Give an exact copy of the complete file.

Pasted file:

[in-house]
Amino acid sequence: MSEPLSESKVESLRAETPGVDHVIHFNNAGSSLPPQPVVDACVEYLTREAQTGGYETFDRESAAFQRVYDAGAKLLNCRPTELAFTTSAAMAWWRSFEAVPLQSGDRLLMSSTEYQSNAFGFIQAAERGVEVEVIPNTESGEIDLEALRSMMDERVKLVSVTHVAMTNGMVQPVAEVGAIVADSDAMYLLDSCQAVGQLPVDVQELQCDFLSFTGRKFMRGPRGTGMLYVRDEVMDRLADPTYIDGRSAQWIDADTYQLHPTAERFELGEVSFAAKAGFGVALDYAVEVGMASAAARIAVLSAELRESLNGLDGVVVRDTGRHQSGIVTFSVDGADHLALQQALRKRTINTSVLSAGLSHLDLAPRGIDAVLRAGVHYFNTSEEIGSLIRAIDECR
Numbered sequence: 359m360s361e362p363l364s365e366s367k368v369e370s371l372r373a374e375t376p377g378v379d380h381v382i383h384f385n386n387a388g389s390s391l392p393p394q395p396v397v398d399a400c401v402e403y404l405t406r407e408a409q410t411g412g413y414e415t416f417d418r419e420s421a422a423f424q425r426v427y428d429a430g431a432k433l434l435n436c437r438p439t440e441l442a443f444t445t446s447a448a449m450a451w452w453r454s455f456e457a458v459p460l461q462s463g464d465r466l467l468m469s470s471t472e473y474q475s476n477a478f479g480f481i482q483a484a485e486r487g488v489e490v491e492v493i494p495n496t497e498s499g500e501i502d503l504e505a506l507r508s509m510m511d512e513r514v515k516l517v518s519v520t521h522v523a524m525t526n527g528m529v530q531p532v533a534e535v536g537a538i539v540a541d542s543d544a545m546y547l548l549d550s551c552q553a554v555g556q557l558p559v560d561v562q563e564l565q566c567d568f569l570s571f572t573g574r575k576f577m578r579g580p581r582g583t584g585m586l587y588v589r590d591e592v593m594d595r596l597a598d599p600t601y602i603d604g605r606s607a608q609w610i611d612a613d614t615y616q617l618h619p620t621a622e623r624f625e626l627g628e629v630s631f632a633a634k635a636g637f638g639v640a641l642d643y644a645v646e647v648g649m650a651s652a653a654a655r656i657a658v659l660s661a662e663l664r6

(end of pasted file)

[in-house]
Amino acid sequence: MSEPLSESKVESLRAETPGVDHVIHFNNAGSSLPPQPVVDACVEYLTREAQTGGYETFDRESAAFQRVYDAGAKLLNCRPTELAFTTSAAMAWWRSFEAVPLQSGDRLLMSSTEYQSNAFGFIQAAERGVEVEVIPNTESGEIDLEALRSMMDERVKLVSVTHVAMTNGMVQPVAEVGAIVADSDAMYLLDSCQAVGQLPVDVQELQCDFLSFTGRKFMRGPRGTGMLYVRDEVMDRLADPTYIDGRSAQWIDADTYQLHPTAERFELGEVSFAAKAGFGVALDYAVEVGMASAAARIAVLSAELRESLNGLDGVVVRDTGRHQSGIVTFSVDGADHLALQQALRKRTINTSVLSAGLSHLDLAPRGIDAVLRAGVHYFNTSEEIGSLIRAIDECR
Numbered sequence: 359m360s361e362p363l364s365e366s367k368v369e370s371l372r373a374e375t376p377g378v379d380h381v382i383h384f385n386n387a388g389s390s391l392p393p394q395p396v397v398d399a400c401v402e403y404l405t406r407e408a409q410t411g412g413y414e415t416f417d418r419e420s421a422a423f424q425r426v427y428d429a430g431a432k433l434l435n436c437r438p439t440e441l442a443f444t445t446s447a448a449m450a451w452w453r454s455f456e457a458v459p460l461q462s463g464d465r466l467l468m469s470s471t472e473y474q475s476n477a478f479g480f481i482q483a484a485e486r487g488v489e490v491e492v493i494p495n496t497e498s499g500e501i502d503l504e505a506l507r508s509m510m511d512e513r514v515k516l517v518s519v520t521h522v523a524m525t526n527g528m529v530q531p532v533a534e535v536g537a538i539v540a541d542s543d544a545m546y547l548l549d550s551c552q553a554v555g556q557l558p559v560d561v562q563e564l565q566c567d568f569l570s571f572t573g574r575k576f577m578r579g580p581r582g583t584g585m586l587y588v589r590d591e592v593m594d595r596l597a598d599p600t601y602i603d604g605r606s607a608q609w610i611d612a613d614t615y616q617l618h619p620t621a622e623r624f625e626l627g628e629v630s631f632a633a634k635a636g637f638g639v640a641l642d643y644a645v646e647v648g649m650a651s652a653a654a655r656i657a658v659l660s661a662e663l664r6